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Tech and Fitness Q&A with Team USA Strength and Conditioning Coach Rob Schwartz

I recently had the opportunity to interview Rob Schwartz, a strength and conditioning coach for Team USA for Acrobat & Combat Sports. Rob currently works with Olympic athletes who compete in gymnastics, boxing, taekwondo, judo, fencing, wrestling, synchronized swimming, and diving. He wanted to choose his brain and get an idea of ​​how sports fitness technologies (heart rate, calorie intake, calories burned, sleep monitoring, distance and time tracking, VO2 log, total vertical gain, etc.) are doing. using in the training of Olympic athletes. and how Mr. Schwartz envisions consumer adoption of similar technologies in the future.

Q. Living in Denver and having previously visited the Olympic Training Center in Colorado Springs, I remember the number of gadgets and devices that monitor and track the progression of athletes in training. Could you explain the type of fitness technologies your athletes currently use and what role they play in their daily training preparation?

A. For daily training activities, we primarily use video commentary, both in the weight room and in the practice setting. In Strength and Conditioning we are always trying to measure the preparedness of our athlete, so we measure power production using Tendo units and force plates; This gives us information on the intensity with which we can train each athlete on a given day. At predetermined times of the year, the sports dietitian analyzes the athletes’ blood lactate levels during “live” practices to assess the physiological demands they face in competition. We have even had some fighters take blood lactate tests immediately after actual fights. We are currently developing an application for athletes’ phones to monitor their nutritional, psychological, training and recovery status. This is a short list; we also have many other modes of technology.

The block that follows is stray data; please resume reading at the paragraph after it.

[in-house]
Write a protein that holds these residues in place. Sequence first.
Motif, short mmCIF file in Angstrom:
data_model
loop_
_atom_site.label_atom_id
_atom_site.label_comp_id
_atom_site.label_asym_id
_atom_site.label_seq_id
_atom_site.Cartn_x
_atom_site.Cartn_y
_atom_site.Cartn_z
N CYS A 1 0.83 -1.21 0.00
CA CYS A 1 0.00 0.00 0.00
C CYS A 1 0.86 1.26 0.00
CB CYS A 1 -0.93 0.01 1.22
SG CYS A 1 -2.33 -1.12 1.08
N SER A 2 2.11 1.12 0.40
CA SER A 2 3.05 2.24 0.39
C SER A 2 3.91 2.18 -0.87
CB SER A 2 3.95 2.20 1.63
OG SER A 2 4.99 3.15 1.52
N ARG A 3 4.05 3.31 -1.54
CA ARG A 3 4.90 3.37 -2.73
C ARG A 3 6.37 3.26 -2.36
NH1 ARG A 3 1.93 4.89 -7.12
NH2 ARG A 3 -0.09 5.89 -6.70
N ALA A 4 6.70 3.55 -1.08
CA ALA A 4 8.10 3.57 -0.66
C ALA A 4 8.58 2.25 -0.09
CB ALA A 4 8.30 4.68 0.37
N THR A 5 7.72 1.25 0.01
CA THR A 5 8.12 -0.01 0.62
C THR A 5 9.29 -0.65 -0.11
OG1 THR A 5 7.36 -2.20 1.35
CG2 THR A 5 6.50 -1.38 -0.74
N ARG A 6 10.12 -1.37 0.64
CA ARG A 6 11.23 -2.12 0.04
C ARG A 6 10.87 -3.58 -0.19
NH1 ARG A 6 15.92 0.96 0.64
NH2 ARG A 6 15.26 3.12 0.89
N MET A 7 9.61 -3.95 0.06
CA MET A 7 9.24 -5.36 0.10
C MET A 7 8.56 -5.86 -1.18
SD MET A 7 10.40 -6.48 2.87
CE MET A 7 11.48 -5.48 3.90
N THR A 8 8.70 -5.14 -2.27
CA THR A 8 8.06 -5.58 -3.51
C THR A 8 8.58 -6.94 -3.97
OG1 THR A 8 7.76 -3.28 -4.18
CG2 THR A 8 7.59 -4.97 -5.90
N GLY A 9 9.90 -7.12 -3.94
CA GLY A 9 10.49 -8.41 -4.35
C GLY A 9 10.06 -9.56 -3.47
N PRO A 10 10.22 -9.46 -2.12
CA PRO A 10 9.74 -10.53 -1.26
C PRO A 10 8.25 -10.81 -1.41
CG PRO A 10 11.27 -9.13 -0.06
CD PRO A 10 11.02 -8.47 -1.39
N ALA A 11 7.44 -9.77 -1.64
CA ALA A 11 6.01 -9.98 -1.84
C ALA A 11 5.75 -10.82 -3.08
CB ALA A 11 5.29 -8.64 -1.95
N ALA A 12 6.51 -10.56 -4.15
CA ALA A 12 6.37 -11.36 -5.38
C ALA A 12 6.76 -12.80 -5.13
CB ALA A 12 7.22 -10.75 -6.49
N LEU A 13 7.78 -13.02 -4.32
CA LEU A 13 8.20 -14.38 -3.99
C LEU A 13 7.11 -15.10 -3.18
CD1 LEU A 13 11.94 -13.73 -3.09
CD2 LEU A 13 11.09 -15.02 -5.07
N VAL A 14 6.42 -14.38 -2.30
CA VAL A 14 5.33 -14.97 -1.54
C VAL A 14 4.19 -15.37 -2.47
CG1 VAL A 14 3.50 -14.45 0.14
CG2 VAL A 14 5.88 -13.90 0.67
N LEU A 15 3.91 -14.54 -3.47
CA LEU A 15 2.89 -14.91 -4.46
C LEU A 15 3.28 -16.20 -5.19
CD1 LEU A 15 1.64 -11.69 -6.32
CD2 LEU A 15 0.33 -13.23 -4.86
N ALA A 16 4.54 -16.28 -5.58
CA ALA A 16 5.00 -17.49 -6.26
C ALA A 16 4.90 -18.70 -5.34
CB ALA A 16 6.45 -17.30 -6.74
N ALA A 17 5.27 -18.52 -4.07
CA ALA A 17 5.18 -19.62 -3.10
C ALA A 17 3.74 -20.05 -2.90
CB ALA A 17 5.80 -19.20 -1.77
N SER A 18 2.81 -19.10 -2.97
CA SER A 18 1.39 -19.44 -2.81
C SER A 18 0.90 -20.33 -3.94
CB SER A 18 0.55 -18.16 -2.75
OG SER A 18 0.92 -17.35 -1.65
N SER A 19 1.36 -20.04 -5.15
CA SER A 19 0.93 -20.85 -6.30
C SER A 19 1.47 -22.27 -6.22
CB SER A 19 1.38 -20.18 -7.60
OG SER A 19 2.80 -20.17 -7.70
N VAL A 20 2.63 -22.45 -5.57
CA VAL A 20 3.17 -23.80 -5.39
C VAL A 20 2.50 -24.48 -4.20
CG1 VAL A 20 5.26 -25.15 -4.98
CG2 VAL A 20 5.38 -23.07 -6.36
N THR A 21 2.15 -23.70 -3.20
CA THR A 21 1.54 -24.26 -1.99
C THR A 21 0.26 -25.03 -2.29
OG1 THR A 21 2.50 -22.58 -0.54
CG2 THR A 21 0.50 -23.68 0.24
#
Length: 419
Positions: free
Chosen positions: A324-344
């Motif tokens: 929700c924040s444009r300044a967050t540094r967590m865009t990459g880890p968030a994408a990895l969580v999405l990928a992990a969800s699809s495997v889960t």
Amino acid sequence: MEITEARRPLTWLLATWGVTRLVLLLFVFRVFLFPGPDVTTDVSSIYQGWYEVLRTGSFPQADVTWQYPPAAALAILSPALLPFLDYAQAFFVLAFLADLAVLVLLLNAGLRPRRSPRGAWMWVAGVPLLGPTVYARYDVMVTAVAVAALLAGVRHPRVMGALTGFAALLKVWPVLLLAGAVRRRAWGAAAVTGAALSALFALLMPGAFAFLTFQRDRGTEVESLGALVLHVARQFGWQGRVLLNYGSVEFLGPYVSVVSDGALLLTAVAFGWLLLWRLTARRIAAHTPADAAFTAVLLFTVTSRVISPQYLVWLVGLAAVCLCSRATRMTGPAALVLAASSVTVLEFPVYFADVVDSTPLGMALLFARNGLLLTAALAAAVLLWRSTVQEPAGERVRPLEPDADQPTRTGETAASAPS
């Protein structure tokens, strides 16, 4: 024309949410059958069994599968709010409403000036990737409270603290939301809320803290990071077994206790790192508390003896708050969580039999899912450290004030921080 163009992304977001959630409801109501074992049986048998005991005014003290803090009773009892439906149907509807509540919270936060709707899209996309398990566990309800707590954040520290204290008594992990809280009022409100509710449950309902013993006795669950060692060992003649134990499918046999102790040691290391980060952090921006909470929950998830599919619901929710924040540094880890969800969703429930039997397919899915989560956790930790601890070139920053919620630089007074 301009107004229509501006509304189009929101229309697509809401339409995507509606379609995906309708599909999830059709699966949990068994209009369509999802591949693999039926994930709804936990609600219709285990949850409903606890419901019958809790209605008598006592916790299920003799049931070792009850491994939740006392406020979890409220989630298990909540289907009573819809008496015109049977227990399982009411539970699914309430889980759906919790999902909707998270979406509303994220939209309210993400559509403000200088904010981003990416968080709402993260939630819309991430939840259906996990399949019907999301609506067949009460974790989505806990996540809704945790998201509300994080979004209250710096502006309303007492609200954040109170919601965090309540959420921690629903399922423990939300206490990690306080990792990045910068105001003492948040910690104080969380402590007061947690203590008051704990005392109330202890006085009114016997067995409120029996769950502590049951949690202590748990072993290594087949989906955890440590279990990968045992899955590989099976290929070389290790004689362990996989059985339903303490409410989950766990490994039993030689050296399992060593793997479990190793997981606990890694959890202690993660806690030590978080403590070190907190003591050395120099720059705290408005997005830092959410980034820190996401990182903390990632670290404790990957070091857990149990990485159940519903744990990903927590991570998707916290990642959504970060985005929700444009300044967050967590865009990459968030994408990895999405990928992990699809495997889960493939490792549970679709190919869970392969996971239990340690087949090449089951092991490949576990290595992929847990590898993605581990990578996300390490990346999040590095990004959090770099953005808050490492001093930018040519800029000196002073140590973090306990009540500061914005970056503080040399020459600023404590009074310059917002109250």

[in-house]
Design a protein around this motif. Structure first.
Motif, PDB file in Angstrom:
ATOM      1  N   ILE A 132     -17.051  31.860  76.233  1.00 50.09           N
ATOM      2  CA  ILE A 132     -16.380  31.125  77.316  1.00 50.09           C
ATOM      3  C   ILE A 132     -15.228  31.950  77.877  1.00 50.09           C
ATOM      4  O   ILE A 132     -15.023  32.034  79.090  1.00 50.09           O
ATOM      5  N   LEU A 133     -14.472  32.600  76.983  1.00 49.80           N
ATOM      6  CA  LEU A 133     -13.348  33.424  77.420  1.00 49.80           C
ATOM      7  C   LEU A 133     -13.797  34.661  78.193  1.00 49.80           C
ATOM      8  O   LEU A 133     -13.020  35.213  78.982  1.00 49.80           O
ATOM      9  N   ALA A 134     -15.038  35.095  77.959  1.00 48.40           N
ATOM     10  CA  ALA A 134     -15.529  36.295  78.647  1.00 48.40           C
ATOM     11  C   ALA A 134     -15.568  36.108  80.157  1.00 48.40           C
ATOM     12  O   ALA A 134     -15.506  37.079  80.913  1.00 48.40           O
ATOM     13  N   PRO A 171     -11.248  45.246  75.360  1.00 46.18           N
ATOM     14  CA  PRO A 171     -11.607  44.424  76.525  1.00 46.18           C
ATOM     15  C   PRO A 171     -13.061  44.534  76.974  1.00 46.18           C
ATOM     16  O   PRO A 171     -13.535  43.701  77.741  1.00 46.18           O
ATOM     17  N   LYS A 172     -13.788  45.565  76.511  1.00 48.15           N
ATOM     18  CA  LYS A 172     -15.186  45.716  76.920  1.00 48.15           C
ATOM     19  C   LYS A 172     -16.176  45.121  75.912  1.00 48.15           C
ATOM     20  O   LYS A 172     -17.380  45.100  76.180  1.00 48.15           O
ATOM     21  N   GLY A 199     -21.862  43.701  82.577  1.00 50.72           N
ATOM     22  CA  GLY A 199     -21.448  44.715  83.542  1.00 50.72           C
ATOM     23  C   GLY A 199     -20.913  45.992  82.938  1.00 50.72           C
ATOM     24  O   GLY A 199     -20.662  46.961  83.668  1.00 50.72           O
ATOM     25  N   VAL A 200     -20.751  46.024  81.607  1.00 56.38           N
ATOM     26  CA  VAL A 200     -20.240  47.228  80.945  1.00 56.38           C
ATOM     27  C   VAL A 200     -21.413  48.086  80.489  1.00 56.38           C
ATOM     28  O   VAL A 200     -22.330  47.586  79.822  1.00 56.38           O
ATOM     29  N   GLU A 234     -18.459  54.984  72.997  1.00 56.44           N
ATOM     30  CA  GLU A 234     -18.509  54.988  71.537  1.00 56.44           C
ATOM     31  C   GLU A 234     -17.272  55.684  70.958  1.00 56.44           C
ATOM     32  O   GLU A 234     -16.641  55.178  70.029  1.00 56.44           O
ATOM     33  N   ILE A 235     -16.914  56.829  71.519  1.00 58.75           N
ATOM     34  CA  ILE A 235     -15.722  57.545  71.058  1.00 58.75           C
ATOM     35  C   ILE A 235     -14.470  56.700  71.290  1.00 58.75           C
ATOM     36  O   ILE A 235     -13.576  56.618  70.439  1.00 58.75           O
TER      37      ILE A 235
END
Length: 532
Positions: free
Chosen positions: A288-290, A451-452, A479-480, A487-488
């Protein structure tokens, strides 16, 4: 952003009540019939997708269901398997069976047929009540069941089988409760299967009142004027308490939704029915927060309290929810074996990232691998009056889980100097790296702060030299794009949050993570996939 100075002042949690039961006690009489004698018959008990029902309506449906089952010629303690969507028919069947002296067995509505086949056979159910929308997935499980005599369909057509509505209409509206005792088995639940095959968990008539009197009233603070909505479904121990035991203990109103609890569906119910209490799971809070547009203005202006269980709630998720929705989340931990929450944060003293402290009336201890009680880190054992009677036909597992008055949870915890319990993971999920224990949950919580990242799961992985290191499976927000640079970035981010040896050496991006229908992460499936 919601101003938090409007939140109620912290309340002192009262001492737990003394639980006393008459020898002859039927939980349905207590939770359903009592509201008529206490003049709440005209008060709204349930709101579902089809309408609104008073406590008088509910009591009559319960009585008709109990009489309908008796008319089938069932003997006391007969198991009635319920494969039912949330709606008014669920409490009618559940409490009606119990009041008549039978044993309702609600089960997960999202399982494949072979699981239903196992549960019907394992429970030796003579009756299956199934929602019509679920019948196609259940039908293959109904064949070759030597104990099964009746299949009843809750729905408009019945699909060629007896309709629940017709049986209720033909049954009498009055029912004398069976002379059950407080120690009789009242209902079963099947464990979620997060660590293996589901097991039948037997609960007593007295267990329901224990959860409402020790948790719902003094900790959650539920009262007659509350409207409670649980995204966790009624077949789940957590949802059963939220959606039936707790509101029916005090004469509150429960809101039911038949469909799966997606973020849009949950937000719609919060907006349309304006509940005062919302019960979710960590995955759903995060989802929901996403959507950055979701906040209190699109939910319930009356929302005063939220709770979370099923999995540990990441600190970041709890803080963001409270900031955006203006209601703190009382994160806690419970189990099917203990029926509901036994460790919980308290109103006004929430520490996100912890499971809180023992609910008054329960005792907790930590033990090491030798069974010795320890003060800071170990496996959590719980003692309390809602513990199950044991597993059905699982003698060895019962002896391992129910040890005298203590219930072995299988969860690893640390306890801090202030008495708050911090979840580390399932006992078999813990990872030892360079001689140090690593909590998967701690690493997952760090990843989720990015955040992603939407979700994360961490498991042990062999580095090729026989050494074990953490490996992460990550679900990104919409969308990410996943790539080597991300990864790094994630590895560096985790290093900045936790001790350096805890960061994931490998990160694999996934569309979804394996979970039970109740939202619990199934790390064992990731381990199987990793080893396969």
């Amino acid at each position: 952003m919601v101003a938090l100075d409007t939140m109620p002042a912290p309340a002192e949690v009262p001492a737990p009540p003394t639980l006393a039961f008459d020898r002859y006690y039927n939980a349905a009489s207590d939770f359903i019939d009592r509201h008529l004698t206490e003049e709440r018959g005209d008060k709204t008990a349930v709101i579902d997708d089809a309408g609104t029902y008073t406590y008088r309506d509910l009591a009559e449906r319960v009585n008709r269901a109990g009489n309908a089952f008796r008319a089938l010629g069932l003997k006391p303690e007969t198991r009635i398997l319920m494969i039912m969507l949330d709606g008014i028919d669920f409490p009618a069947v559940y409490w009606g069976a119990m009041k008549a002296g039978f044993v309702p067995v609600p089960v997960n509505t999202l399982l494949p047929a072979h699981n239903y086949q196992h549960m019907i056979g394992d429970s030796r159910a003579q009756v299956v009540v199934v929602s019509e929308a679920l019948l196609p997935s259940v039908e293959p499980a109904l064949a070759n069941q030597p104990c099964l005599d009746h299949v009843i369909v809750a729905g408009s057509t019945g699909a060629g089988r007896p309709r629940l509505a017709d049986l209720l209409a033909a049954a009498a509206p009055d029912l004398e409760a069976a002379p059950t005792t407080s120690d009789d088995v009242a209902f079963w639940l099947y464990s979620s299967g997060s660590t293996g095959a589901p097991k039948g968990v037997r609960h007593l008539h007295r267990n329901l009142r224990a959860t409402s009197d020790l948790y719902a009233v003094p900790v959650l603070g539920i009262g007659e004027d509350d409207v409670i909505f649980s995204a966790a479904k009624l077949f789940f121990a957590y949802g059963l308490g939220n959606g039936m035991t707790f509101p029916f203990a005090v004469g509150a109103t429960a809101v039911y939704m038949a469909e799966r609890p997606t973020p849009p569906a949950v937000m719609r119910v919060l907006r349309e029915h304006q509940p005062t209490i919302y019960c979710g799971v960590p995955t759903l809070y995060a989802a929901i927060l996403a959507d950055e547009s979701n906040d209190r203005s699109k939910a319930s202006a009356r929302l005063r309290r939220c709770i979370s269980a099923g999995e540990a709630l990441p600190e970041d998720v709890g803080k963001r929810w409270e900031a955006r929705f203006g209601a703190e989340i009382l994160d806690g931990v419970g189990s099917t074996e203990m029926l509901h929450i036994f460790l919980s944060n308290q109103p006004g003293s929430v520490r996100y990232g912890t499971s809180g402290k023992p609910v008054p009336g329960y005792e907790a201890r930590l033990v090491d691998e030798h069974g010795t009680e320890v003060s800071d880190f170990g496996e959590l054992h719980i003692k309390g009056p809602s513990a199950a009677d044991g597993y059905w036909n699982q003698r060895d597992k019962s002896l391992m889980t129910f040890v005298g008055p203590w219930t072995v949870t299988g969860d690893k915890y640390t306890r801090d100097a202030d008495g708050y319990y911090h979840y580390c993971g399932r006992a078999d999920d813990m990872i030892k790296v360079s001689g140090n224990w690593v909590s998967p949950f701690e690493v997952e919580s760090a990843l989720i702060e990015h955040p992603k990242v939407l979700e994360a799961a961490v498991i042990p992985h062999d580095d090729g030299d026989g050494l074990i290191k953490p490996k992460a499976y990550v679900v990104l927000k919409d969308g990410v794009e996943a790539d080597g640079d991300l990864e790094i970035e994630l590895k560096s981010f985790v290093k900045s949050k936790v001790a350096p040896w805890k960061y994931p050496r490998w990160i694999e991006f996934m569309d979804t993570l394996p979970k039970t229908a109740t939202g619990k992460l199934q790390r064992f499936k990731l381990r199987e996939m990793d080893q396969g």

Q. It seems that Olympians have been using technology in their training programs long before the recent consumer craze, would you say that many of today’s fitness devices are the result of what has been tried and tested in the olympic field?

A. Not that I know of, when we train world-class athletes for Olympic competition, we simply don’t have time to test technologies that have not been proven in the field. We will receive emerging technology from companies like Nike and Samsung, but we are confident that when they arrive on our desk they have proven their worth.

Q. Do you think emerging health and fitness apps and devices will improve our nation’s health outcomes and help citizens become more informed and active participants in their personal health?

A. I hope so; It depends mainly on the person and their goals. If the consumer wants to get in serious shape, I suggest they do their research and make sure they buy equipment from reputable companies that are proven in the market.

Q. One last question, any basic advice for those looking to start strength training and personal conditioning?

A. I would start by joining your local 24 hour gym and getting some personal training sessions. There is nothing better than an experienced trainer to provide feedback and steps for improvement. Surfing the internet for training tips or suggestions is not suggested as there are no professional comments and the information you are receiving may not be credible or appropriate for your personal goals.

I also strongly believe in video commentary for athletes, like with a current world champion boxer that I train when the fight is over, the first thing we do on our plane flight home is check the video on our smartphone and start preparation. for the next one. quarrel.

To learn more about the United States Olympic Training Center or to plan a tour, visit them at TeamUSA.org and possibly rub shoulders with America’s best Olympic athletes and coaches.

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